Welcome to Framed, a column at Cinematical that runs every Thursday and celebrates the artistry of cinema -- one frame at a time.
To say that Jean Cocteau suffered for his art is an understatement, as evidenced by his account of the making of his surreal masterpiece, 1946's 'Beauty and the Beast.' In 'Diary of a Film,' Cocteau recounts a list of never-ending hurdles that plagued the French fairy tale film. Interestingly enough, many of these difficulties managed to transform themselves into something poetic, enhancing the movie's magical premise.
Production started after the war, and the director faced difficulty gathering the materials he needed, including enough of the same film stock to complete the lavish picture. The various textures worked to Cocteau's advantage, however, adding a certain depth to the striking visuals.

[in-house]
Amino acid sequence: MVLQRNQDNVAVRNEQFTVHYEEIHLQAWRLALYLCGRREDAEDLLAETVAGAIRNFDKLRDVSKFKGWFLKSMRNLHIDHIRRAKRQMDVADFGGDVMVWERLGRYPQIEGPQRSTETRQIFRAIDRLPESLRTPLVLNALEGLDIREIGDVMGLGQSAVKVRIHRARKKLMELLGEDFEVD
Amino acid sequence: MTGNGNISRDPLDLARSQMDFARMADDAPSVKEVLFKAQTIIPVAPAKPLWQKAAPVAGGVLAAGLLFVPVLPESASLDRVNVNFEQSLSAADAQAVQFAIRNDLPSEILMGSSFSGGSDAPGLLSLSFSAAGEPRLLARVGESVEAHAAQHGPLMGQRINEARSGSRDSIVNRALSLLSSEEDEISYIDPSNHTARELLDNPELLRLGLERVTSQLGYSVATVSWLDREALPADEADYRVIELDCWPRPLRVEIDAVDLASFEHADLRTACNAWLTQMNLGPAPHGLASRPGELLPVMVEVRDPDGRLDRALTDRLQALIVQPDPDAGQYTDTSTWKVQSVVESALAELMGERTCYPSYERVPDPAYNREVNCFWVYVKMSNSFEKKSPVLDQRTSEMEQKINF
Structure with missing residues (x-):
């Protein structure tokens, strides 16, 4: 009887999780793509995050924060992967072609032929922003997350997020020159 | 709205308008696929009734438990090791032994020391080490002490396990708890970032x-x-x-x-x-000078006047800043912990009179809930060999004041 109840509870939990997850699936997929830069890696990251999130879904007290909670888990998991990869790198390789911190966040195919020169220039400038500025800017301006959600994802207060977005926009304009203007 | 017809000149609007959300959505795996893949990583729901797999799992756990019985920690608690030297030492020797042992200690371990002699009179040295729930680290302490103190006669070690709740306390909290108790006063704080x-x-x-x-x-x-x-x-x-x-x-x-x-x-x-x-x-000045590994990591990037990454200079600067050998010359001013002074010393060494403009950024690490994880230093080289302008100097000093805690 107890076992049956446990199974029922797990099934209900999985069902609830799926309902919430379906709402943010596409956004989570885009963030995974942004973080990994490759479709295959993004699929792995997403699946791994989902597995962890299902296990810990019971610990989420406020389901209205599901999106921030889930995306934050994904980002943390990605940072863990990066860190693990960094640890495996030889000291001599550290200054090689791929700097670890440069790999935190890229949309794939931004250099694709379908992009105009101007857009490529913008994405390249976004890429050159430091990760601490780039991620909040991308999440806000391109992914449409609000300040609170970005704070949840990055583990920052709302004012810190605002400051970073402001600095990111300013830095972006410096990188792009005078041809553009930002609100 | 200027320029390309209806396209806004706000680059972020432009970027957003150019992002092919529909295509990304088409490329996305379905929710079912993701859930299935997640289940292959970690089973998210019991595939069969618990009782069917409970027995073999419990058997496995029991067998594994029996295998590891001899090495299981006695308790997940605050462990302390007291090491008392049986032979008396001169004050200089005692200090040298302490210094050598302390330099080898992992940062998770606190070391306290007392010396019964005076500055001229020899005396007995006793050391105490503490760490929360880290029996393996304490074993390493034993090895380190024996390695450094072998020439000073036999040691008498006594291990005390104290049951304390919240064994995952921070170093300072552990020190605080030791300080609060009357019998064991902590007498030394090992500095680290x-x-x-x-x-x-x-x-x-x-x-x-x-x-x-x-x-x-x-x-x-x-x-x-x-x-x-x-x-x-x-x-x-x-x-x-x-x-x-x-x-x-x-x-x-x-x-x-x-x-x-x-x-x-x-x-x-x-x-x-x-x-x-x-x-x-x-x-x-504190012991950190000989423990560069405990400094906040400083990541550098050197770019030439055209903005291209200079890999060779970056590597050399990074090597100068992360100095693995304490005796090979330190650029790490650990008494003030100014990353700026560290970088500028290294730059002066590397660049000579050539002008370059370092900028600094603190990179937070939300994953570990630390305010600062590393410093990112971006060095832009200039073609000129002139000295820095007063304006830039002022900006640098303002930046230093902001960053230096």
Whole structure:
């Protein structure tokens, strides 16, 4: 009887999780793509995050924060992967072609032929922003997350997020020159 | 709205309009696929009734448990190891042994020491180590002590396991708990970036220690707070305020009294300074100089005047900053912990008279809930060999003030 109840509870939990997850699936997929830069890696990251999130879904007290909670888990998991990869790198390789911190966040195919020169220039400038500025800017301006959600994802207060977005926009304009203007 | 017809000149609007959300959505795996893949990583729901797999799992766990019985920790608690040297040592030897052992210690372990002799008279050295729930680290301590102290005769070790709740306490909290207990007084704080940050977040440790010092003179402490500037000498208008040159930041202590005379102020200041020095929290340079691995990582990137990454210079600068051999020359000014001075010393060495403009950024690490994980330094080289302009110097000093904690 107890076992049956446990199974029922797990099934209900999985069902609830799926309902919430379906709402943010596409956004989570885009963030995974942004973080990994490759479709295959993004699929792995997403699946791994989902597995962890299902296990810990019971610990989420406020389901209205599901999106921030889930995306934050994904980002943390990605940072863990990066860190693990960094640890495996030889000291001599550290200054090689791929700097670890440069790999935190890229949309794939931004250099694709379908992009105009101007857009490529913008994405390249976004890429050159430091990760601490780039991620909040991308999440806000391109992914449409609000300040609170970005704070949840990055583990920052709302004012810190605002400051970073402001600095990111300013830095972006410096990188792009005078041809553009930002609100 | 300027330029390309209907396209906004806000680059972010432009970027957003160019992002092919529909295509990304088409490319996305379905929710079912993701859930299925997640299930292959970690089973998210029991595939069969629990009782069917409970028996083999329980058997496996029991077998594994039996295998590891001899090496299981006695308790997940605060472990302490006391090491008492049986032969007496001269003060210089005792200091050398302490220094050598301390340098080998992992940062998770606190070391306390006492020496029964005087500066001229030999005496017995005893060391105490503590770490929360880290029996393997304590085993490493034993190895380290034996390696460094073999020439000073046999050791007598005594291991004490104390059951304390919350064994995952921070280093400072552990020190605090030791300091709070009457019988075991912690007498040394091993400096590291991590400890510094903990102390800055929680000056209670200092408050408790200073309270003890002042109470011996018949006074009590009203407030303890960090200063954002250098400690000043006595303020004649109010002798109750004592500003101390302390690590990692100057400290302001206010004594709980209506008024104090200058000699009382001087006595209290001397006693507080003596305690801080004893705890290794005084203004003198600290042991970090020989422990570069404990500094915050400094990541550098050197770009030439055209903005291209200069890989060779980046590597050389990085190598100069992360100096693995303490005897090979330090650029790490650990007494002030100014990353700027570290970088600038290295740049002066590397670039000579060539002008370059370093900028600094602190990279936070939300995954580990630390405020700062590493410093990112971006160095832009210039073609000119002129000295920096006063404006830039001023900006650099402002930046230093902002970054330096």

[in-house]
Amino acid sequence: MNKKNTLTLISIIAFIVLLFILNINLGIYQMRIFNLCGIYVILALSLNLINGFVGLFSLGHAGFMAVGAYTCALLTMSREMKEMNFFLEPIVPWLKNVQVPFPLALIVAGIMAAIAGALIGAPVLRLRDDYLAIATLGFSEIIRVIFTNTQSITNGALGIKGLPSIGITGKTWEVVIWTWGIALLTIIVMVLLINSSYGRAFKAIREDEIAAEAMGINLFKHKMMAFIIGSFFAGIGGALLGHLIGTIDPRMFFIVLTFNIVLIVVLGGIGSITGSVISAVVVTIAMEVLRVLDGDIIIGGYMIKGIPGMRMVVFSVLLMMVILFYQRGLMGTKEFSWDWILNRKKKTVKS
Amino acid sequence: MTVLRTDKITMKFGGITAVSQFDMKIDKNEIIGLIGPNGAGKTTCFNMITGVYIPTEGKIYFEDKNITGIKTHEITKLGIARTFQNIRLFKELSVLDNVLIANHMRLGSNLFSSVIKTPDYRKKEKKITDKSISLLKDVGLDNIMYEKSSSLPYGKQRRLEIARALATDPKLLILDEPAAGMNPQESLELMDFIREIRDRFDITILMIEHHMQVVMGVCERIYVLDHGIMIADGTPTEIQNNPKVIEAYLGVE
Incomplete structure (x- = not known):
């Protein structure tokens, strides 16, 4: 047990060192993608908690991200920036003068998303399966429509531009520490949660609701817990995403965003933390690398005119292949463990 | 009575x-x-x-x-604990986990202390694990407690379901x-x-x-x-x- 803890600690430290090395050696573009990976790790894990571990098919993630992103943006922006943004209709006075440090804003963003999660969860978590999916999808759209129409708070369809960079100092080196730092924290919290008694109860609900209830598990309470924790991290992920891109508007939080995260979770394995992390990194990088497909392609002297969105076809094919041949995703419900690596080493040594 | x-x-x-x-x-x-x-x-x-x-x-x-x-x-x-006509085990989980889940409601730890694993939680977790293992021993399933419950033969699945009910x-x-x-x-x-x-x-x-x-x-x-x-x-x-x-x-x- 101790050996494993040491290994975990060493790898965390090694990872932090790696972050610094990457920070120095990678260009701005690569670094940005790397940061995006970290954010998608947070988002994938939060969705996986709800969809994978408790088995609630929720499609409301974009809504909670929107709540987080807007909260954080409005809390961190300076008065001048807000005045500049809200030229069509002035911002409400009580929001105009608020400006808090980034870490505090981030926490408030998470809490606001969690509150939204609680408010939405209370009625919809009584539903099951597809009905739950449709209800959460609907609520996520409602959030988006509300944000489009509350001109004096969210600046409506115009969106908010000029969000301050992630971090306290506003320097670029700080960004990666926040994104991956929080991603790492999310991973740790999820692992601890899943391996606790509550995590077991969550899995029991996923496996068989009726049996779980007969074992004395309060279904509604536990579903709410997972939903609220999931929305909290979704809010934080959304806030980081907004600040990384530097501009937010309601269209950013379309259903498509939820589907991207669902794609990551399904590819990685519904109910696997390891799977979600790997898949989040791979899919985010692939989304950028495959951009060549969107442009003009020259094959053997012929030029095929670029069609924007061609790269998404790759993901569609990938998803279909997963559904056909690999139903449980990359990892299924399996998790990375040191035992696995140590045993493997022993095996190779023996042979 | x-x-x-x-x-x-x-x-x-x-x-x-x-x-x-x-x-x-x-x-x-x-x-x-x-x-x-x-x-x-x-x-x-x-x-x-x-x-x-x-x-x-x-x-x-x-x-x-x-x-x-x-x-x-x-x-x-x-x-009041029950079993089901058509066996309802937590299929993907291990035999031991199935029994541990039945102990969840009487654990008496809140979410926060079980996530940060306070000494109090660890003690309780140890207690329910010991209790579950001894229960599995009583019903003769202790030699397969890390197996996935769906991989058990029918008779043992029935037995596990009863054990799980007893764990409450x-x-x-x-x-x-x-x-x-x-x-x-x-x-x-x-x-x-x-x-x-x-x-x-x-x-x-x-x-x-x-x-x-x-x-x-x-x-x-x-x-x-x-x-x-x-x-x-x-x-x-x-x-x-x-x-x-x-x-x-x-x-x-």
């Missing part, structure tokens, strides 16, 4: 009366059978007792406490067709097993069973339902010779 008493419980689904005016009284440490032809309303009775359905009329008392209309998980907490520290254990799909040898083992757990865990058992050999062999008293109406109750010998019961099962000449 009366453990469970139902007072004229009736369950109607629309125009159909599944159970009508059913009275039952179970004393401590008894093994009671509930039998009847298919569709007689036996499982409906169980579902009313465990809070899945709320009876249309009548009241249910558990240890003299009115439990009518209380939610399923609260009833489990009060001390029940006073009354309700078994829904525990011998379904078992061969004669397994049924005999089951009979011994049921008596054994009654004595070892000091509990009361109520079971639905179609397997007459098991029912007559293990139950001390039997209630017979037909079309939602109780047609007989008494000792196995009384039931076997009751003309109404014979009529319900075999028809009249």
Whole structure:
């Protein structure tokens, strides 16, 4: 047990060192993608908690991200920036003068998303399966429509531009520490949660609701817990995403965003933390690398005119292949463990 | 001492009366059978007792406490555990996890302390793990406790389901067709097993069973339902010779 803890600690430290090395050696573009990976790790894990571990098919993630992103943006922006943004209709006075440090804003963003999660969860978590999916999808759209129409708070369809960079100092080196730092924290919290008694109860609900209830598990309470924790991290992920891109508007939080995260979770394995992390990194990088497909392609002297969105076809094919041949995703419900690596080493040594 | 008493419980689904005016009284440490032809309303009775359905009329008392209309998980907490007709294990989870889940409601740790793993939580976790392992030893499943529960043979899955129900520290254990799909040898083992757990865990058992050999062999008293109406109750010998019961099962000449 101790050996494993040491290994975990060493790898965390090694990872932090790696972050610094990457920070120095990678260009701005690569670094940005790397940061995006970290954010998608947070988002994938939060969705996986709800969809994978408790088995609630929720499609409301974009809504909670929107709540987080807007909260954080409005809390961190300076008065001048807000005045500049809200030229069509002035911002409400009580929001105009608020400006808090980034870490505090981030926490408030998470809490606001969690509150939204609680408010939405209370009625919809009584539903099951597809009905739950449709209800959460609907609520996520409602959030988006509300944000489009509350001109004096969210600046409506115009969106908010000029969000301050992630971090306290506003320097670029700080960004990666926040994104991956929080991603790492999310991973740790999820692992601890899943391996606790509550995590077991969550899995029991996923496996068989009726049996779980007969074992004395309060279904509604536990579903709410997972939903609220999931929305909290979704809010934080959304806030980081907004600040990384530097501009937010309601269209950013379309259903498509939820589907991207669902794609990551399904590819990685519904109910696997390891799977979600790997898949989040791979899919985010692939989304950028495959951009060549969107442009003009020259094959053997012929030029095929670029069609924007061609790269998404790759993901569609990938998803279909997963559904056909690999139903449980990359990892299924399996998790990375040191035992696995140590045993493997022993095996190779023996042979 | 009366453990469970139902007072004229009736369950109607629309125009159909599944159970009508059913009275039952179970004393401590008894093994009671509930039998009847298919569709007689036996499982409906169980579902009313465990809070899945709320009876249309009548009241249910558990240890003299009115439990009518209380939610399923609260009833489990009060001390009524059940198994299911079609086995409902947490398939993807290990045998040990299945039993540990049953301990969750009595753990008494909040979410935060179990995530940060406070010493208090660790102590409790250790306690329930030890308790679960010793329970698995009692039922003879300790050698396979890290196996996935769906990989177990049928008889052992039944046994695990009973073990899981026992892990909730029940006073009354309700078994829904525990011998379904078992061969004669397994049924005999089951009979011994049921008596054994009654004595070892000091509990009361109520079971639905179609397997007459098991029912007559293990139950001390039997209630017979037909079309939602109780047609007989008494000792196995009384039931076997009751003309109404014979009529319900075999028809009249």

Electricity was scarce and several of the crew had to work by candlelight, which seems lyrical considering the appearance of candles throughout the movie.
During the production, an intensely painful skin condition and other illnesses hospitalized Cocteau. The director tried to be diplomatic about his suffering, given star Jean Marais' extensive and uncomfortable makeup application to transform into the Beast. Although the "cracks, wounds and itches" and his "bleeding hands" plagued Cocteau, "the face and the hands of Jean Marais [were] covered with a so painful crust" serving as a humble reminder of their mutual suffering. I suppose it helps that they were lovers. It's said that Cocteau's disfiguring disease may have helped shape the creation of the Beast, which the director seemed to profoundly identify with.